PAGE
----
My top three:

  • A1 – Diabelli: Allegretto in C
  • B1 – Eales: Fresh Air
  • C3 – Tyler: Little Whale Explores Calm Sea

ABRSM Grade 2

In 2021, I described Grade 2 as a ‘triumph’. I’m not sure I’d go quite that far this time round, but nevertheless, there are plenty of pieces to choose from to suit all ages and tastes. I have to confess I’m not a huge fan of Beethoven’s ‘Écossaise in G’ in List A, but Dussek’s ‘Gavotte in F’ is a really nice choice with some lovely interplay between the hands.

Stephen Duro’s ‘Forget-me-not Waltz’ will be a winner in List B, I’m sure. I could happily have chosen any of the pieces in List C. Elissa Milne’s ‘Mozzie’ has been a firm favourite before, and I’m sure will continue to appeal to adults and children alike. David Blackwell’s ‘Railroad Blues’ is fun and satisfying to play, especially for those who like to make a bit of noise at the piano. The favourite for me was Kristina Arakelyan’s ‘Daydream’ which, perhaps with some subtle pedalling, is a beautiful piece.

One thing which is a shame is that quite a lot of the pieces which are to be found in the books of Selected Pieces are taken from ABRSM’s popular publications Encore and Piano Mix. This applies to four out of the nine pieces at Grade 2. I have nothing against the pieces themselves, but as with the previous syllabus, it feels like a missed opportunity to include previously unpublished works.

My top three:

  • A2 – Dussek: Gavotte in F
  • B1 – Duro: Forget-me-not Waltz
  • C1 – Arakelyan: Daydream
A Distant Star from the ABRSM Piano Syllabus 2023-24

ABRSM Grade 3

Last time round I described Grade 3 as the one which missed the spot; it’s never good having to choose the best of a bad bunch! Once again, and maybe it’s just a Grade 3 ‘thing’, nothing excited me. The anonymous ‘Minuet in G’ and the Clementi on List A are standard fodder, and I was underwhelmed by Gasieniec’s ‘Hansel and Gretel’. Nancy Litten’s ‘The Sad Ghost’ on List B was an interesting and evocative piece, in contrast to Loeschorn’s ‘Study in F’. Nakada’s ‘The Song of Twilight’, also in List B, appeared on the most recent LCM Piano Syllabus, and this can’t have escaped ABRSM’s notice. In fact, I described it as the standout piece of the entire syllabus. I chose the Litten on the basis I’ve chosen the Nakada elsewhere.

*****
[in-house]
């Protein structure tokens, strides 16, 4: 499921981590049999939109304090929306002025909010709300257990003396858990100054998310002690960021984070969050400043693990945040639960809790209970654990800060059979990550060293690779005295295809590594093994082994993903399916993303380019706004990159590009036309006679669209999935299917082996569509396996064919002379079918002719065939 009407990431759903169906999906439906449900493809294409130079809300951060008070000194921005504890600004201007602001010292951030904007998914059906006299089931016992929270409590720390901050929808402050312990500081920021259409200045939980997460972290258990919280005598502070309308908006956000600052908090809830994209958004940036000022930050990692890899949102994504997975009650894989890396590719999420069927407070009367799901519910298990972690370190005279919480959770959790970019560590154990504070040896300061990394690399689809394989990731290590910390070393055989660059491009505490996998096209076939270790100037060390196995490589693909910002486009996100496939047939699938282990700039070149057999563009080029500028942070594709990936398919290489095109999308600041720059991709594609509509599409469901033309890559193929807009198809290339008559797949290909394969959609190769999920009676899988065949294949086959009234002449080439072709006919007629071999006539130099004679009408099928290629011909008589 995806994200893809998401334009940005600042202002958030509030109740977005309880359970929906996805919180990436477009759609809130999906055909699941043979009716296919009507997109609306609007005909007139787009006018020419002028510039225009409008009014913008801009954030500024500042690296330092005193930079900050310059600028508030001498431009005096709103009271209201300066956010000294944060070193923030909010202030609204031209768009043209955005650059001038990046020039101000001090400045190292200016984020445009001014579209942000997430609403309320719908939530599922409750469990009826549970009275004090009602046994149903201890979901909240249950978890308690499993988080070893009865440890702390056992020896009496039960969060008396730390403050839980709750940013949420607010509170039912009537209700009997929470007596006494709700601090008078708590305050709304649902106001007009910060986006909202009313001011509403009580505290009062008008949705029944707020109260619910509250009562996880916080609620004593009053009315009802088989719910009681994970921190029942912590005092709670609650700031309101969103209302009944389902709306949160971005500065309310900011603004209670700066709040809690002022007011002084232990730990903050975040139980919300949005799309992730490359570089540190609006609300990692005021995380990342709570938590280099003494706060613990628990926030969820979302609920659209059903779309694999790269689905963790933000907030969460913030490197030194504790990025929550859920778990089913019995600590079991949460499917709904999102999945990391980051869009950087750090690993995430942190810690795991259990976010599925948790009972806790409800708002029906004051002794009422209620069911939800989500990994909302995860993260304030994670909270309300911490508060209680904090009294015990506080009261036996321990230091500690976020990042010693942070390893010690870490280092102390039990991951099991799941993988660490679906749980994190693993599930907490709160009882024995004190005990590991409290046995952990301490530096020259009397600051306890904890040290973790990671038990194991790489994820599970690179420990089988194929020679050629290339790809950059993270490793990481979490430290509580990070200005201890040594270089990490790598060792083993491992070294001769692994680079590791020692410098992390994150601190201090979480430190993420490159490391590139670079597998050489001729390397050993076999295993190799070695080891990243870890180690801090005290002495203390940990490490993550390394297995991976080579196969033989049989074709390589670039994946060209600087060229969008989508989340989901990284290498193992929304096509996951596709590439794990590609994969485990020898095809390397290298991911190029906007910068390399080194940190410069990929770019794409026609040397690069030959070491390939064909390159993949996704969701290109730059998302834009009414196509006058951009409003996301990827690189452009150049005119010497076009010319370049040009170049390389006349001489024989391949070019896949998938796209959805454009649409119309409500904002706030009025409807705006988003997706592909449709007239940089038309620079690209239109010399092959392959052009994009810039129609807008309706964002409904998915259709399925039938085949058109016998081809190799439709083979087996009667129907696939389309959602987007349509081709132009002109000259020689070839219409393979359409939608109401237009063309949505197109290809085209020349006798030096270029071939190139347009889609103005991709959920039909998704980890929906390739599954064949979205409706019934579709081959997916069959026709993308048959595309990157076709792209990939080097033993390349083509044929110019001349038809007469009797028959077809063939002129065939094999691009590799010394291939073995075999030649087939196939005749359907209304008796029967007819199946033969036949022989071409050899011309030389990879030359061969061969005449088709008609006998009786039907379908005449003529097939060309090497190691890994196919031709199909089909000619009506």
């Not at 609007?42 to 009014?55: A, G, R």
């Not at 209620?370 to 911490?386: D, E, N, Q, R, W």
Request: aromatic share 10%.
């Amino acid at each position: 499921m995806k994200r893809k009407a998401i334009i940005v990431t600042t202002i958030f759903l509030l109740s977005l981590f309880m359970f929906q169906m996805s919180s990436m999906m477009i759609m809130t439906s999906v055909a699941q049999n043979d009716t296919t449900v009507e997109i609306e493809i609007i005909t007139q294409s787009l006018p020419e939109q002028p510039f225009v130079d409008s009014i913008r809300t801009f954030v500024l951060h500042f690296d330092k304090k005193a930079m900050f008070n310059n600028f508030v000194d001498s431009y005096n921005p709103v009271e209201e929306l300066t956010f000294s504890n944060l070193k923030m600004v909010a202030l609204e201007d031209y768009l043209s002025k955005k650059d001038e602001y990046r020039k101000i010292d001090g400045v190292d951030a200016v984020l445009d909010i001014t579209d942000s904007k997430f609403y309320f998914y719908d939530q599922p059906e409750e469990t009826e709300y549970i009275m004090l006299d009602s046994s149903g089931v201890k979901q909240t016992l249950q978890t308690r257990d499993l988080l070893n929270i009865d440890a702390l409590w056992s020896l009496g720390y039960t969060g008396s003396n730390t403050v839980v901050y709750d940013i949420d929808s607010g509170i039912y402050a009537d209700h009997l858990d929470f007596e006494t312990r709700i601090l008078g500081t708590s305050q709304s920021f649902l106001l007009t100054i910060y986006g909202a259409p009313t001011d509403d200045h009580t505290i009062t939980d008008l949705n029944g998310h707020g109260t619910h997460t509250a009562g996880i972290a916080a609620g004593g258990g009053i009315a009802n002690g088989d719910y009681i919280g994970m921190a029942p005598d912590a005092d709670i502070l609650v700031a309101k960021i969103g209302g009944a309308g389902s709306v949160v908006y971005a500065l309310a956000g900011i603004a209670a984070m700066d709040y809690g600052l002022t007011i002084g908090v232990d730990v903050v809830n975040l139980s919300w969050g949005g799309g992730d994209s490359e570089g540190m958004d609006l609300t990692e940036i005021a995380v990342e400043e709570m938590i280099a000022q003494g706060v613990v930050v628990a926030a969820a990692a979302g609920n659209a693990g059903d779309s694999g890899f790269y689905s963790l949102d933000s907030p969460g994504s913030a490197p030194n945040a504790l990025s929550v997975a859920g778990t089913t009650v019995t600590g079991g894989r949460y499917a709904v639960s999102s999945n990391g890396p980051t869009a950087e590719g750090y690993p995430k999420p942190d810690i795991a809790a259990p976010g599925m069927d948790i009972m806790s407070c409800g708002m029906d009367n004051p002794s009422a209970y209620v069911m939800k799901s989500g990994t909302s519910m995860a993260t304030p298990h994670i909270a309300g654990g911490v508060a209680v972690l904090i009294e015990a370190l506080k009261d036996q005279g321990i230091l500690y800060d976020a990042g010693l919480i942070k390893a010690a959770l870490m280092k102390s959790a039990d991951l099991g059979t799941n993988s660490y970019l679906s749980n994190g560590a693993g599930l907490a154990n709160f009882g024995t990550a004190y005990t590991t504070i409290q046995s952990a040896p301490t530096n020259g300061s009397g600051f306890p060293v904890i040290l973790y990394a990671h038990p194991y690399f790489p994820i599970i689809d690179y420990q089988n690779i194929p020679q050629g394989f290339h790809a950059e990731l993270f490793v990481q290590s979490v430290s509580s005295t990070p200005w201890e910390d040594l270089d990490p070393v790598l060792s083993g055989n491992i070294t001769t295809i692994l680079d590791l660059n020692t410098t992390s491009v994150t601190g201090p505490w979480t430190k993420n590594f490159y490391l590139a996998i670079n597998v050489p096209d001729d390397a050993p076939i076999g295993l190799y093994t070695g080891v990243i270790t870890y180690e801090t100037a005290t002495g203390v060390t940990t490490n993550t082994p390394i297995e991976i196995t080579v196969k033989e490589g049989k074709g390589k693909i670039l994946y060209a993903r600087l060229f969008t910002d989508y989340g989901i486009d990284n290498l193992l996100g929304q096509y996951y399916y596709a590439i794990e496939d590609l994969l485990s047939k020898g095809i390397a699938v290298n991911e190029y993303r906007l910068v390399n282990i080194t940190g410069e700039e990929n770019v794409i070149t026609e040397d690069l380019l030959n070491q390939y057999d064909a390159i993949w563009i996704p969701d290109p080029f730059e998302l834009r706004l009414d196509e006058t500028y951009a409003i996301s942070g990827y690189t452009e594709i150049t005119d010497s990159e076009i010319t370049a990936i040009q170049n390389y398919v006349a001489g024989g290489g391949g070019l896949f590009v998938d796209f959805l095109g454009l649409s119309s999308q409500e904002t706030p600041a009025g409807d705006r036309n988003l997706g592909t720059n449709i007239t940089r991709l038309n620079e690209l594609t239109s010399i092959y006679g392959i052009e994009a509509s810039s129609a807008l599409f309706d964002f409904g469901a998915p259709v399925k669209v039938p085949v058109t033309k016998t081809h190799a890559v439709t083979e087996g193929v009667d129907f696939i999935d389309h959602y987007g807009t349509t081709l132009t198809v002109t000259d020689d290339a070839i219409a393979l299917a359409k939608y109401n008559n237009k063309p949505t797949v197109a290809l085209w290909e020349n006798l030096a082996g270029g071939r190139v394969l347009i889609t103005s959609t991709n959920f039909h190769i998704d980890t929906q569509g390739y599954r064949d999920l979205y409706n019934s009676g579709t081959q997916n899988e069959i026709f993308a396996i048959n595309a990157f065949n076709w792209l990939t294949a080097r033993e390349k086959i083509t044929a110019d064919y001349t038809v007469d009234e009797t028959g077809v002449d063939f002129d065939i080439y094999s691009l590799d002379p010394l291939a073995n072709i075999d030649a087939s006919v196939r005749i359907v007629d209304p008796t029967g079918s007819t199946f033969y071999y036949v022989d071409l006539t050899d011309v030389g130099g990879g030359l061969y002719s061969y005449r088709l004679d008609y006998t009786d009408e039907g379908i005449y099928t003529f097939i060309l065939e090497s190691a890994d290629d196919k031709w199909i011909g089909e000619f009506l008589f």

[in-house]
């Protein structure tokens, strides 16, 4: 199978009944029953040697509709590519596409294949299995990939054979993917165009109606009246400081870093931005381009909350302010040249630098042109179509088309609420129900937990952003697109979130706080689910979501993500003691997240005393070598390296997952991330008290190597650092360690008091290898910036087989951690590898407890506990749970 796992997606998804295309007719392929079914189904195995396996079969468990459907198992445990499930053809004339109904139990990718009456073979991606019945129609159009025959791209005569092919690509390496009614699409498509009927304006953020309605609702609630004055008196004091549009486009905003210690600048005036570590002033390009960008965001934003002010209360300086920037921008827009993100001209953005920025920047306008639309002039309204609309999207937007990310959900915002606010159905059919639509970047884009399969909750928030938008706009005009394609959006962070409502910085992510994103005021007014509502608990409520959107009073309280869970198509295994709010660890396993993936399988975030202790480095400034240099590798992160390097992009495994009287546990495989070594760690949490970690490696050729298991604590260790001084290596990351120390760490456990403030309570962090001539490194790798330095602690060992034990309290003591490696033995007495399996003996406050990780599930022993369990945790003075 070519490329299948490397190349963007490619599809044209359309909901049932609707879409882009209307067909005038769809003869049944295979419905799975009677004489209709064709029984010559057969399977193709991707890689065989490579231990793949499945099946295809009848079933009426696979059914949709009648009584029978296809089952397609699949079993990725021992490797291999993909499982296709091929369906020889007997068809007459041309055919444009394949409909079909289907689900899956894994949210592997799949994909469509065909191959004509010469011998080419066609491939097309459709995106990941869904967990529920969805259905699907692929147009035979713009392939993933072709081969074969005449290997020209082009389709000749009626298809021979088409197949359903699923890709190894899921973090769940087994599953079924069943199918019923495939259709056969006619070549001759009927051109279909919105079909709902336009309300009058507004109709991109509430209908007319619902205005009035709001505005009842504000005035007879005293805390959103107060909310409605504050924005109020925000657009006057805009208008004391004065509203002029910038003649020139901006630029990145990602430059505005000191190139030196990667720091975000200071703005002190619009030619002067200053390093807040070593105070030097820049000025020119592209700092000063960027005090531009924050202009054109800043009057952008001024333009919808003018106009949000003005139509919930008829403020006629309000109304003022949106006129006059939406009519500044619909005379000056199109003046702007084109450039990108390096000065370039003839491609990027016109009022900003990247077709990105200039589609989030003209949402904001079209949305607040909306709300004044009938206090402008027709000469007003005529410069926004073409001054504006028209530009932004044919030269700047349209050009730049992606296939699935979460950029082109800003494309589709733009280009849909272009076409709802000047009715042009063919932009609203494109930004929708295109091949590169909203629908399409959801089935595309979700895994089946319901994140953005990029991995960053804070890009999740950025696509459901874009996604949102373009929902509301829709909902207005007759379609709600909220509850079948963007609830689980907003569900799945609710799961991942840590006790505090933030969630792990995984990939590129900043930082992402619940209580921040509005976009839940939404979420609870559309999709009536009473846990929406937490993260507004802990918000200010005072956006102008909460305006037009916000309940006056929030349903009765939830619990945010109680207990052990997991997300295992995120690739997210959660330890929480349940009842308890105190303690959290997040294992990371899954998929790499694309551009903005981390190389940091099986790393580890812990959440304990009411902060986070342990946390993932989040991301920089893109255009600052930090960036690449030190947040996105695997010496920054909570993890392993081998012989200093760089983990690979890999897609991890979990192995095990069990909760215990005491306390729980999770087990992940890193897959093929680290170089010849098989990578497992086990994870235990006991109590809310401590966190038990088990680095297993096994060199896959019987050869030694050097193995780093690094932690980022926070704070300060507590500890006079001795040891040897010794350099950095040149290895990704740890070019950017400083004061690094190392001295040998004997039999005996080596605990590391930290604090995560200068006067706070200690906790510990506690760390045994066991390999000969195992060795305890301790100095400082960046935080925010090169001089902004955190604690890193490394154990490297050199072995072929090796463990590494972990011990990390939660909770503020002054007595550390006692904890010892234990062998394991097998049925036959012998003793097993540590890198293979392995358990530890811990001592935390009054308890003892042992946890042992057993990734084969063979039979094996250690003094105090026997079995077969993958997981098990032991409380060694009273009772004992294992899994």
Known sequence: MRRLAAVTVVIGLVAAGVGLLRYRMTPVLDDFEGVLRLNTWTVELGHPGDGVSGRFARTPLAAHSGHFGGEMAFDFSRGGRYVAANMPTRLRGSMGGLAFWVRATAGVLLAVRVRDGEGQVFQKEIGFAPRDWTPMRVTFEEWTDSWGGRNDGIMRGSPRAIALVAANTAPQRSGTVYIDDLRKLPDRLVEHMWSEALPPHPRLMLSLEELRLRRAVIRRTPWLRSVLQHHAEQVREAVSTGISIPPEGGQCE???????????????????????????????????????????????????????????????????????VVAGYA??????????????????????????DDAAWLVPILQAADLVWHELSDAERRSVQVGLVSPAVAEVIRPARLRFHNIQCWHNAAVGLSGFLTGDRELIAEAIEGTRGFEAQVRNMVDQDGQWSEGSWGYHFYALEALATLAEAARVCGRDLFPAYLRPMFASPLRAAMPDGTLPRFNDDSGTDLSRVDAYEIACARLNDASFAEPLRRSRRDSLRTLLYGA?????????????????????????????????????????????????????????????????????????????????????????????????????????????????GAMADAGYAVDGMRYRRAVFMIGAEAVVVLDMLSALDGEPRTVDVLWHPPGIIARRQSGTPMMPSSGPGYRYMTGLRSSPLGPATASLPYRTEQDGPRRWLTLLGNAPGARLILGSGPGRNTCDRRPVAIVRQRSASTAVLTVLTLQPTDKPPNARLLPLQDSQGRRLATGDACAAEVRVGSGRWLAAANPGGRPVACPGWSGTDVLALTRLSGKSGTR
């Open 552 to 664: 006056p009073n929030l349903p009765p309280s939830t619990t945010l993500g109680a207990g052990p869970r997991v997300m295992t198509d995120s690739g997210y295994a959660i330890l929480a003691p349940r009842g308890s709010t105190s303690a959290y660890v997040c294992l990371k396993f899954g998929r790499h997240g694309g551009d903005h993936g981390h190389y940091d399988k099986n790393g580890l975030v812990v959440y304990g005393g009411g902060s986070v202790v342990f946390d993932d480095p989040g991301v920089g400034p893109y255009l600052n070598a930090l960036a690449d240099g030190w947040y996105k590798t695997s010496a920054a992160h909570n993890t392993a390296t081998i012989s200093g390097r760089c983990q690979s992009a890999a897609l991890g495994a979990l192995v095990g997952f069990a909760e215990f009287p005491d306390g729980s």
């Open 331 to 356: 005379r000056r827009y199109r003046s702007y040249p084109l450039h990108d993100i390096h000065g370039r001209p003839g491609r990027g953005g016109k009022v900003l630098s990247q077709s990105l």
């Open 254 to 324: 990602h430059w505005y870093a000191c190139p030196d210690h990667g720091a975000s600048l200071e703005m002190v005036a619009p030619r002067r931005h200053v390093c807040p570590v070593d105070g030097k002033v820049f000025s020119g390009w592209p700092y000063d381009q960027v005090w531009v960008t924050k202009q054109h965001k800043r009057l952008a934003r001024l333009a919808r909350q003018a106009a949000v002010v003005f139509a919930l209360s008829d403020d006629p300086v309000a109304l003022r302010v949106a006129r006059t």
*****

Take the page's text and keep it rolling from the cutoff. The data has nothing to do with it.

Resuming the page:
Like me, I’m sure many teachers might sigh at the inclusion of Joplin’s ‘The Entertainer’ in List C, although the arrangement, another by Önaç, is effective. In the end, I went for William Gillock’s ‘The Spanish Guitar’, not one I knew, but nevertheless, an interesting choice.

Overall, Grade 3 felt a little flat.

My top three:

  • A2 – Clementi: ‘Vivace’ (third movement from Sonatina in C Op. 36 No.1)
  • B1 – Litten: The Sad Ghost
  • C2 – Gillock: The Spanish Guitar

ABRSM Grade 4

After the 2021-22 ABRSM Piano Syllabus, Grade 4 had a lot to live up to, and overall, I think it succeeded. I liked the Pescetti in List A, though at three pages, it feels long for Grade 4, despite obvious repetition. Louise Farrenc’s ‘Mouvement de valse’ was very pleasant, and set at a good level for Grade 4. Some effective pedalling is likely to be needed, but it is satisfying and tuneful to play.

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‘Billie’s Song’ is a familiar favourite, and indeed, it appeared at Grade 4 on the last LCM Piano Syllabus. Cècile Chaminade’s enchanting ‘Idylle’ is a nice find for the Grade, again requiring some careful and subtle pedalling. In List C, George Nevada’s ‘Ninette’s Musette’ was delightful, and there’s great joy to be found in Florence Price’s ‘Ticklin’ Toes’, also in List C. We should feel spoilt for choice with these two pieces alone. Overall, and once again, Grade 4 is a real triumph.

My top three:

  • A2 – Farrenc: Movement de valse
  • B2 – Chaminade: Idylle
  • C3 – Price: Ticklin’ Toes

ABRSM Grade 5

I very much enjoyed the Cimarosa on List A, but Chee-Hwa Tan’s ‘Jester’s Jig’ is great fun, bringing an older style to life, albeit written only in 2020. Bernadette Marmion’s ‘Wind in the Willows’ was a lovely addition, though somewhat on the easy side for Grade 5. I found Dorothy Pilling’s ‘Philomela’ intriguing, though again, perhaps on the easier side of Grade 5.